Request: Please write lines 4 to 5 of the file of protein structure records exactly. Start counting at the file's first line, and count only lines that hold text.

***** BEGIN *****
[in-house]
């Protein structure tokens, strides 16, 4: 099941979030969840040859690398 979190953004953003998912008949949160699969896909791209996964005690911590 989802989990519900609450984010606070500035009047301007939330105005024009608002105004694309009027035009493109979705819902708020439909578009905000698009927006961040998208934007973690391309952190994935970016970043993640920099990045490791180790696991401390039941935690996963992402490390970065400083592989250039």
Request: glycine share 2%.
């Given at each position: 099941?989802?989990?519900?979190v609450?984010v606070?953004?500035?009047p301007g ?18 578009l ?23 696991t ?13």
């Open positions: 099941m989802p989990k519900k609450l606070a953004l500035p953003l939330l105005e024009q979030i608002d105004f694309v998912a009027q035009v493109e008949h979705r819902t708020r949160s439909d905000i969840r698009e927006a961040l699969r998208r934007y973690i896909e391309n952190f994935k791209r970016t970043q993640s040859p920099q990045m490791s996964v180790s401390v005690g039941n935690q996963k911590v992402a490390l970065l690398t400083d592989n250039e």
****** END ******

């Given at each position: 099941?989802?989990?519900?979190v609450?984010v606070?953004?500035?009047p301007g ?18 578009l ?23 696991t ?13």
């Open positions: 099941m989802p989990k519900k609450l606070a953004l500035p953003l939330l105005e024009q979030i608002d105004f694309v998912a009027q035009v493109e008949h979705r819902t708020r949160s439909d905000i969840r698009e927006a961040l699969r998208r934007y973690i896909e391309n952190f994935k791209r970016t970043q993640s040859p920099q990045m490791s996964v180790s401390v005690g039941n935690q996963k911590v992402a490390l970065l690398t400083d592989n250039e």